Every summer we would gather the fruit of the yucca, grind and pulverize it and mold it into cakes; then the tribe would be assembled to feast, to sing, and to give praises to Usen. Prayers of Thanksgiving were said by all. When the dance began the leaders bore these cakes and added words of praise occasionally to the usual tone sounds of the music.
The war dance
After a council of the warriors had deliberated, and had prepared for the war path, the dance would be started. In this dance there is the usual singing led by the warriors and accompanied with the beating of the "esadadene," but the dancing is more violent, and yells and war whoops sometimes almost drown the music. Only warriors participated in this dance.
After a war party has returned, a modification of the war dance is held. The warriors who have brought scalps from the battles exhibit them to the tribe, and when the dance begins these scalps, elevated on poles or spears, are carried around the camp fires while the dance is in progress. During this dance there is still some of the solemnity of the war dance. There are yells and war-whoops, frequently accompanied by discharge of firearms, but there is always more levity than would be permitted at a war dance. After the scalp dance is over the scalps are thrown away. No Apache would keep them, for they are considered defiling.
A social dance
In the early part of September, 1905, I announced among the Apaches that my daughter, Eva, having attained womanhood, should now put away childish things and assume her station as a young lady. At a dance of the tribe she would make her debut, and then, or thereafter, it would be proper for a warrior to seek her hand in marriage. Accordingly, invitations were issued to all Apaches, and many Comanches and Kiowas, to assemble for a grand dance on the green by the south bank of Medicine Creek, near the village of Naiche, former chief of the Chokonen Apaches, on the first night of full moon in September. The festivities were to continue for two days and nights. Nothing was omitted in the preparation that would contribute to the enjoyment of the guests or the perfection of the observance of the religious rite.
To make ready for the dancing the grass on a large circular space was closely mowed.
The singing was led by Chief Naiche, and I, assisted by our medicine men, directed the dance.
First Eva advanced from among the women and danced once around the camp fire; then, accompanied by another young woman, she again advanced and both danced twice around the camp fire; then she and two other young ladies advanced and danced three times around the camp fire; the next time she and three other young ladies advanced and danced four times around the camp fire; this ceremony lasted about one hour. Next the medicine men entered, stripped to the waist, their bodies painted fantastically, and danced the sacred dances. They were followed by clown dancers who amused the audience greatly.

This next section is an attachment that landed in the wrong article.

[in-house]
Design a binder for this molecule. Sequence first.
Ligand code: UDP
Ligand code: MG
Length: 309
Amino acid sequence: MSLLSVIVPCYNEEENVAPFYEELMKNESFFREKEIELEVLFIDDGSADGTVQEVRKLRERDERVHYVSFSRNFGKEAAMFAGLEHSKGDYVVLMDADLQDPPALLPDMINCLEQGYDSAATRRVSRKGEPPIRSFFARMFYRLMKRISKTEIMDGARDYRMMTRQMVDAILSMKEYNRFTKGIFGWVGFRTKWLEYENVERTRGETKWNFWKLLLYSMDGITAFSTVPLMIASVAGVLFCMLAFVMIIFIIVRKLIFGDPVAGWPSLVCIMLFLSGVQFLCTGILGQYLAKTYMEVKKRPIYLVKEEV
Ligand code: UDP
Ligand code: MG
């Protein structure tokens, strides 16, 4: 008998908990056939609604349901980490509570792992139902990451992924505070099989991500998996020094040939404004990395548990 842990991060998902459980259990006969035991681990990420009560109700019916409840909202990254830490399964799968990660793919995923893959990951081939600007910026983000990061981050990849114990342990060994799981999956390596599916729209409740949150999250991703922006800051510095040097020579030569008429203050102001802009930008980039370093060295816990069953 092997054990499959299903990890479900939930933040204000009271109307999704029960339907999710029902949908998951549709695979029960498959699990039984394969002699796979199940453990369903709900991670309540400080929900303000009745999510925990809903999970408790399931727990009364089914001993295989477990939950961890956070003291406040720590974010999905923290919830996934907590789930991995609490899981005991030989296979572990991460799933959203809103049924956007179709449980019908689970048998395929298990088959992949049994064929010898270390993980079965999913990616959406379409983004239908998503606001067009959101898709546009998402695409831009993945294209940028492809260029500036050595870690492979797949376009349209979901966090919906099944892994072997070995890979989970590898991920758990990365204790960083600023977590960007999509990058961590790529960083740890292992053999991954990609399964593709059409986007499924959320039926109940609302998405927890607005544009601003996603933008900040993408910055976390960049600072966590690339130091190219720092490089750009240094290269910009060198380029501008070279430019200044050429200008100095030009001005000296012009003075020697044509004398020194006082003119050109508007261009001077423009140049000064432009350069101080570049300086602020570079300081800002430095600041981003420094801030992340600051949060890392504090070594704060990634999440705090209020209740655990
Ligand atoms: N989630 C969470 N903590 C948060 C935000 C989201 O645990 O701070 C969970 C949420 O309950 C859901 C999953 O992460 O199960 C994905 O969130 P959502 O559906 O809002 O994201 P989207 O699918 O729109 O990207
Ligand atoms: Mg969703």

Then the members of the tribe joined hands and danced in a circle around the camp fire for a long time. All the friends of the tribe were asked to take part in this dance, and when it was ended many of the old people retired, and the "lovers' dance" began.
The warriors stood in the middle of the circle and the ladies, two-and-two, danced forward and designated some warrior to dance with them. The dancing was back and forth on a line from the center to the outer edge of the circle. The warrior faced the two ladies, and when they danced forward to the center he danced backward: then they danced backward to the outer edge and he followed facing them. This lasted two or three hours and then the music changed. Immediately the warriors assembled again in the center of the circle, and this time each lady selected a warrior as a partner. The manner of dancing was as before, only two instead of three danced together. During this dance, which continued until daylight, the warrior (if dancing with a maiden) could propose marriage, and if the maiden agreed, he would consult her father soon afterward and make a bargain for her.
Upon all such occasions as this, when the dance is finished, each warrior gives a present to the lady who selected him for a partner and danced with him. If she is satisfied with the present he says good-by, if not, the matter is referred to someone in authority (medicine man or chief), who determines the question of what is a proper gift.
For a married lady the value of the present should be two or three dollars; for a maiden the present should have a value of not less than five dollars. Often, however, the maiden receives a very valuable present.
During the "lovers' dance" the medicine men mingle with the dancers to keep out evil spirits.
Perhaps I shall never again have cause to assemble our people to dance, but these social dances in the moonlight have been a large part of our enjoyment in the past, and I think they will not soon be discontinued, at least I hope not.